5.12 1 Samuel -- Saul's Wars

We get more understanding of the reign of Saul from chapter 14.  In the fighting with the Philistines, he made a rash oath (1 Sam 14:24) which weakened his own forces and nearly caused the death of his son, Jonathan.  He also fought with Moab, Ammon, Edom, "the kings of Zobah" and the Amalekites,

         delivering Israel from the hands of those who had plundered them....All the days of Saul there was bitter war with the Philistines, and whenever Saul saw a mighty or brave man, he took him into his service (1 Sam 14:47-481 Sam 14:52).

       

This doesn't sound like the record of a man who grieved the Spirit of God.  He had learned to be a warrior, and to press the battle on several fronts.  Instead of courtiers, he surrounded himself with men who were strong and brave. Yet there was that streak of rashness, of impulsiveness, that caused trouble.

        

In this climate of constant war with surrounding nations, there was no opportunity to consider magnanimity towards or inclusion of Gentiles.  The stakes were higher than in the time of the judges.  This was a war for survival.   We see this in 1 Sam 15, where God commanded Saul (through Samuel) to attack the Amalekites and utterly destroy them.  The justification for this was Amalek's attack on Israel during the Exodus (Ex 17:8-13).  This attack occurred about 400 years previously!  So the judgments of God may be deferred, but they are not forgotten.  However, there was a grace note as well:  God's judgment was very specific.  The Kenites, who lived near the Amalekites, were warned to move away so that they would not be harmed.

        

The command to Saul was consistent with the policy of Joshua, but not with that of most of the judges.  It was one of the few examples of a decree of complete destruction in the monarchical period. (See also 1 Sam 27:9).  Conventional warfare of the time may have been brutal, but part of the point of it was the taking of plunder, and probably slaves.  The proof that this campaign was an exception to the normal rules was that Saul and his army didn't do as they were told -- they reverted to "business as usual."  Surely God wasn't serious when he demanded everyone and everything be obliterated, was He?  In Saul's eyes, the battle was a magnificent victory.  He capped it by erecting a monument to himself.  How far we have come since hiding amongst the baggage train!  He even greeted Samuel cheerfully,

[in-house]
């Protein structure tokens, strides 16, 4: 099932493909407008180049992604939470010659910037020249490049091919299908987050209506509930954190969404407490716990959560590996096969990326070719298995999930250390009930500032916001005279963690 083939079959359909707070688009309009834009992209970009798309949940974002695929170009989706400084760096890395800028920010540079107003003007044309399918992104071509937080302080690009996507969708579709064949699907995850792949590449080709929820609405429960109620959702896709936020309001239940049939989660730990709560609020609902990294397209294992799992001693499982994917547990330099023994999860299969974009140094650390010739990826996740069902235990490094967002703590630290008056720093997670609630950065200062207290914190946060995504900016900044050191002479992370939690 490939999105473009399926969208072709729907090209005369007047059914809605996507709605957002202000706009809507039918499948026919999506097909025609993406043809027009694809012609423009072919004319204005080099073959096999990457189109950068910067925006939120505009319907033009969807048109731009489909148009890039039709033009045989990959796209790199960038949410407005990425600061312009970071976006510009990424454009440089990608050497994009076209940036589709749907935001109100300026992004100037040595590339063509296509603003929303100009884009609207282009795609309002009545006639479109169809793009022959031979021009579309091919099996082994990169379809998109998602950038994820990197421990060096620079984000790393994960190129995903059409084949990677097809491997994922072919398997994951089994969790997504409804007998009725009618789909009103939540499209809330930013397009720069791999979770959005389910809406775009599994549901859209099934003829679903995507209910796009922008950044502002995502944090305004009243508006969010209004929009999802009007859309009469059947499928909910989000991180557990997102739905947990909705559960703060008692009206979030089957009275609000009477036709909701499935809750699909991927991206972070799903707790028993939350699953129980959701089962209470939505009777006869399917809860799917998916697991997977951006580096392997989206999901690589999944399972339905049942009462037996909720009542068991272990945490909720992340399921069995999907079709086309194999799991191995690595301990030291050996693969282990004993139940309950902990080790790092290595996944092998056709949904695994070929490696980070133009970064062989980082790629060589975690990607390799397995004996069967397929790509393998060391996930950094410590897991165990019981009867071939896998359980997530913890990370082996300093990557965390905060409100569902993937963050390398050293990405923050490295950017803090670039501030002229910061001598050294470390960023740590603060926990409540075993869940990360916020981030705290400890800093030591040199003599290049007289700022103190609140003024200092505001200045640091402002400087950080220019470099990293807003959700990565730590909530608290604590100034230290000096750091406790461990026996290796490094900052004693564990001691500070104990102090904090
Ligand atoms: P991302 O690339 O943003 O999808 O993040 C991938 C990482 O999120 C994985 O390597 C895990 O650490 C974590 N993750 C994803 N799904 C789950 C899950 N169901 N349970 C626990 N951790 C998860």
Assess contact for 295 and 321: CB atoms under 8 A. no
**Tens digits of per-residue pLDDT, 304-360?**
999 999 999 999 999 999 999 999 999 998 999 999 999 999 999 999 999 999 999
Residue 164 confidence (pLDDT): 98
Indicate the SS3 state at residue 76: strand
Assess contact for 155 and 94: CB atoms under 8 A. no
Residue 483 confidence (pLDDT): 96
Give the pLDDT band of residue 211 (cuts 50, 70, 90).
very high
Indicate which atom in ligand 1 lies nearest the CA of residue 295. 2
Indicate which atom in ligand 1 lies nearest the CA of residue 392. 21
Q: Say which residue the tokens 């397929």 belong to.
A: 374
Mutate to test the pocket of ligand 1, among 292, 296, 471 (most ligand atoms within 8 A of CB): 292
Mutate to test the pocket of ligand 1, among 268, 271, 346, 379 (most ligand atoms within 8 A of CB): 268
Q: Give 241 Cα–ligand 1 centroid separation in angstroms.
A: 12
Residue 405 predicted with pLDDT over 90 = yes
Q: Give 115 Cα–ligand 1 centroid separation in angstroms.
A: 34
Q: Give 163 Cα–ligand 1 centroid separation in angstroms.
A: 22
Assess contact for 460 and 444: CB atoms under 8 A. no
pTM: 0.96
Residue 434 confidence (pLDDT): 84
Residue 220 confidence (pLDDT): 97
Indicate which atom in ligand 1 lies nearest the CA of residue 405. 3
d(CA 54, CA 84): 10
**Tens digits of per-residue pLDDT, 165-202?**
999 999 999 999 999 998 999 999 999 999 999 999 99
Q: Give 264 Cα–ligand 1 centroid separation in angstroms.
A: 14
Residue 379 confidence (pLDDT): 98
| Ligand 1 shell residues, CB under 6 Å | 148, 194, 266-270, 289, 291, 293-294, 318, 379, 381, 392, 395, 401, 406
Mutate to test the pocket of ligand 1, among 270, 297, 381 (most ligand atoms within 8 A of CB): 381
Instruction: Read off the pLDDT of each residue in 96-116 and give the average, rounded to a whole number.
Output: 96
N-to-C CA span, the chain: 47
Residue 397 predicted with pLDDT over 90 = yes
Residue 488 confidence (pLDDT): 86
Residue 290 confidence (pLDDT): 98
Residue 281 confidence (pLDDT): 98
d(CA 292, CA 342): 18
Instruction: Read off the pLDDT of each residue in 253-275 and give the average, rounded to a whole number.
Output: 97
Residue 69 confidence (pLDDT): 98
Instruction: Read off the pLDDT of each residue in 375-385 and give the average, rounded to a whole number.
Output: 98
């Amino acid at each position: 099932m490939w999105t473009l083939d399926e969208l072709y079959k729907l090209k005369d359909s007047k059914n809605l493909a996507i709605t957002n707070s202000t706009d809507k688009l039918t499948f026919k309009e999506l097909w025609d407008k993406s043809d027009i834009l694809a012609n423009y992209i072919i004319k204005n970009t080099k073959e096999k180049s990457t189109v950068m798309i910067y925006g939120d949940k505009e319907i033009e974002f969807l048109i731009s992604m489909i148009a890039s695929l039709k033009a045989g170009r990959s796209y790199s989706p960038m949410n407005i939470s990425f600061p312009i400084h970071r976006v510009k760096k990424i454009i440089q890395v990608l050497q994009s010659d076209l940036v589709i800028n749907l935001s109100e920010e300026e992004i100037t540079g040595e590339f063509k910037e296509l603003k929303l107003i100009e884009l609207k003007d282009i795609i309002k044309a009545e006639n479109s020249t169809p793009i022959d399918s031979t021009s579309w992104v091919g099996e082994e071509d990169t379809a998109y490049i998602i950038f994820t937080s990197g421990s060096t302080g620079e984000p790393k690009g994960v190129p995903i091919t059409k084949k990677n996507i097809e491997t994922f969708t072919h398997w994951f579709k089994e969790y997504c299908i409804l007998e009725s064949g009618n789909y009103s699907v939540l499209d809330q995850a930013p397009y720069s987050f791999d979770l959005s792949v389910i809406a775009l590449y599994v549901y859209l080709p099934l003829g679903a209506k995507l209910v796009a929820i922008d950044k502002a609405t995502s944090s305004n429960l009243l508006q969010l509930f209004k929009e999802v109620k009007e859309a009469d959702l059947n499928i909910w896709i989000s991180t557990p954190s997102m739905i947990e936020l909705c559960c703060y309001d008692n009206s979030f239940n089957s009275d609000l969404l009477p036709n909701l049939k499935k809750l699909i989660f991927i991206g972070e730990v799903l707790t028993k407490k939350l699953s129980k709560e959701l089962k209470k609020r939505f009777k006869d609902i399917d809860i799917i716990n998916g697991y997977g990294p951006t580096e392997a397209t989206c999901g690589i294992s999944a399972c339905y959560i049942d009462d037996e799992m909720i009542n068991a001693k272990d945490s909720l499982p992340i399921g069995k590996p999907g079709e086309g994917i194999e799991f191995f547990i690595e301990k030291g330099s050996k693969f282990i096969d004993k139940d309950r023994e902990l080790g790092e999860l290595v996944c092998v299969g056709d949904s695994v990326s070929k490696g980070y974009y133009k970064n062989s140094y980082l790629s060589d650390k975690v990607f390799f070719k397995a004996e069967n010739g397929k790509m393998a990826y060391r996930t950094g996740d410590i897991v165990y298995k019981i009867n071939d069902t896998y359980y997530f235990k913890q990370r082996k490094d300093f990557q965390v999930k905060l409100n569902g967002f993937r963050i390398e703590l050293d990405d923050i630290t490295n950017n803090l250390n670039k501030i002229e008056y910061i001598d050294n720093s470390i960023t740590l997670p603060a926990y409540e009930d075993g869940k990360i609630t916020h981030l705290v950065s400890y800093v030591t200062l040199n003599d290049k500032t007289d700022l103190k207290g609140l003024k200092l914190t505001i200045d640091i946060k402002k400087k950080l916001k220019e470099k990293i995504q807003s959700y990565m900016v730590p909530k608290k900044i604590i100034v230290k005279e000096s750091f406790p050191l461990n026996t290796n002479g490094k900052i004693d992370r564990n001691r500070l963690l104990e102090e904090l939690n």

"I have carried out the Lord's instructions"  (1 Sam 15:15). 

 

Samuel's rebuke blindsided him.  Instead of praise, Samuel actually accused him of doing "evil in the eyes of the Lord" (1 Sam 15:19).  Saul insisted that he had obeyed God's command, and that the plunder was merely to offer as a sacrifice.  Then Samuel delivered the verdict of God:

           "Does the Lord delight in burnt offerings and sacrifices as much as in obeying the voice of the Lord? To obey is better than sacrifice, and to heed is better than the fat of rams.  For rebellion is like the sin of divination, and arrogance like the evil of idolatry.  Because you have rejected the word of the Lord, he has rejected you as king" (1 Sam 15:22-23).

This was the second time that Saul has offended God, and the second time a sentence of judgment had been passed.  At this point, Saul confessed that he yielded to the will of the people out of fear.  When Samuel turned to go, Saul laid hold of his robe and it tore.  And even this impetuous act brought a rebuke:

          "The Lord has torn the kingdom of Israel from you today and has given it to one of your neighbors--to one better than you" (1 Sam 15:28).

Poor Saul -- from that day on, he could not do anything right.  Yet, amazingly, Saul was not remorseful or repentant.  He only wanted to appear great before the eyes of Israel:

          "I have sinned.  But please honor me before the elders of my people and before Israel (1 Sam 15:30)."    

          Then he made a great pious show of offering sacrifice to the Lord who had just rejected him.  In this last incident, Saul showed himself in harmony with Esau, a man who despised his birthright for immediate gratification.  So Saul despised the calling of God because he feared the opinion of the people God had once called him to lead.